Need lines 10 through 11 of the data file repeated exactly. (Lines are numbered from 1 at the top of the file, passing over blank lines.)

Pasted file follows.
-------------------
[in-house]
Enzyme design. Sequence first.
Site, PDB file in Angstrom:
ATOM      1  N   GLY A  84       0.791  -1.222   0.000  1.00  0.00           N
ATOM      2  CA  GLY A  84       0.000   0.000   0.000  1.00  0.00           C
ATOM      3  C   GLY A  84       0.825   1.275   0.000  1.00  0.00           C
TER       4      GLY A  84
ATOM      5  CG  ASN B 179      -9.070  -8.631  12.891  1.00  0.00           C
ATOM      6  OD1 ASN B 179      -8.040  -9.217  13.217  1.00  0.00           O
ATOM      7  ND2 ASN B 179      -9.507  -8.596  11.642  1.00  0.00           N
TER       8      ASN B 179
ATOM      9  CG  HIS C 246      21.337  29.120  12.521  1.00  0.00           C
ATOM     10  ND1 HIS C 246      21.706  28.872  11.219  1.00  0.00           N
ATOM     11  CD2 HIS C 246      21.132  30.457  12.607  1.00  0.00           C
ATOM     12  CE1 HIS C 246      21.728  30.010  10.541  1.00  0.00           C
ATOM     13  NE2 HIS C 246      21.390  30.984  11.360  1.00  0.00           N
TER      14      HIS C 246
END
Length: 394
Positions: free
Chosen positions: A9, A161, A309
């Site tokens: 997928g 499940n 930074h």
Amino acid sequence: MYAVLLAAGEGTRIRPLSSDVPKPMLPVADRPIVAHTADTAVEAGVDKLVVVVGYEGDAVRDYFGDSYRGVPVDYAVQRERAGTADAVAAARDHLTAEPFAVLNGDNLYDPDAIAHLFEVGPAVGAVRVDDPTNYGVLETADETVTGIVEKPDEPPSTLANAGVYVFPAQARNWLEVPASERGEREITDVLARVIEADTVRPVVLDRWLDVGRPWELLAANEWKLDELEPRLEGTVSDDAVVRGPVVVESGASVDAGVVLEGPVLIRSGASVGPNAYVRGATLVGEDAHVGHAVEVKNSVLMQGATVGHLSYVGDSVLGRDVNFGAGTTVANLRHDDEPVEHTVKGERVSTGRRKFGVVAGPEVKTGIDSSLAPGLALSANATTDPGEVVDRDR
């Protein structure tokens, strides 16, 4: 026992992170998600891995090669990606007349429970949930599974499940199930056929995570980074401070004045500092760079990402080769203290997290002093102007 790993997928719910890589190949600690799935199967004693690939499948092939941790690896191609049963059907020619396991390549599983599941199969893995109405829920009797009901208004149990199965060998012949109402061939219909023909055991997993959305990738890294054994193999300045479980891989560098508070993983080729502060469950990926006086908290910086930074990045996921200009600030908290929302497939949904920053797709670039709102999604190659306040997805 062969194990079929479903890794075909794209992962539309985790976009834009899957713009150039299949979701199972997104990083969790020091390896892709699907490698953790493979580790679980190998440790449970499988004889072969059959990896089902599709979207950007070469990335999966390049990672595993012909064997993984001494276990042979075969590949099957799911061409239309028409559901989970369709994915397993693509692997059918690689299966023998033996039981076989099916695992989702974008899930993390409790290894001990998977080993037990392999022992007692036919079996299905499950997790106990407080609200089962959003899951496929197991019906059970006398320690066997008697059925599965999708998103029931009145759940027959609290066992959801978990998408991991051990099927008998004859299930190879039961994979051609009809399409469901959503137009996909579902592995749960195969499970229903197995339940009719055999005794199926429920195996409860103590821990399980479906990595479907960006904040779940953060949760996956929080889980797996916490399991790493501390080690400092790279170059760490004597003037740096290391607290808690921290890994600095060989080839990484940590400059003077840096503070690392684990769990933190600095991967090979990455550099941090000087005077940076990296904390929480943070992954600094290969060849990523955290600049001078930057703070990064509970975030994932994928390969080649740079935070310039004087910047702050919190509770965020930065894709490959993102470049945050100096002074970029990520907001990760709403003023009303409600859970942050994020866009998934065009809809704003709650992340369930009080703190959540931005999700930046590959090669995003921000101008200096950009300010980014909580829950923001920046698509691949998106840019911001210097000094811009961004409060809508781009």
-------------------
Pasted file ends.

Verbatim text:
ATOM      7  ND2 ASN B 179      -9.507  -8.596  11.642  1.00  0.00           N
TER       8      ASN B 179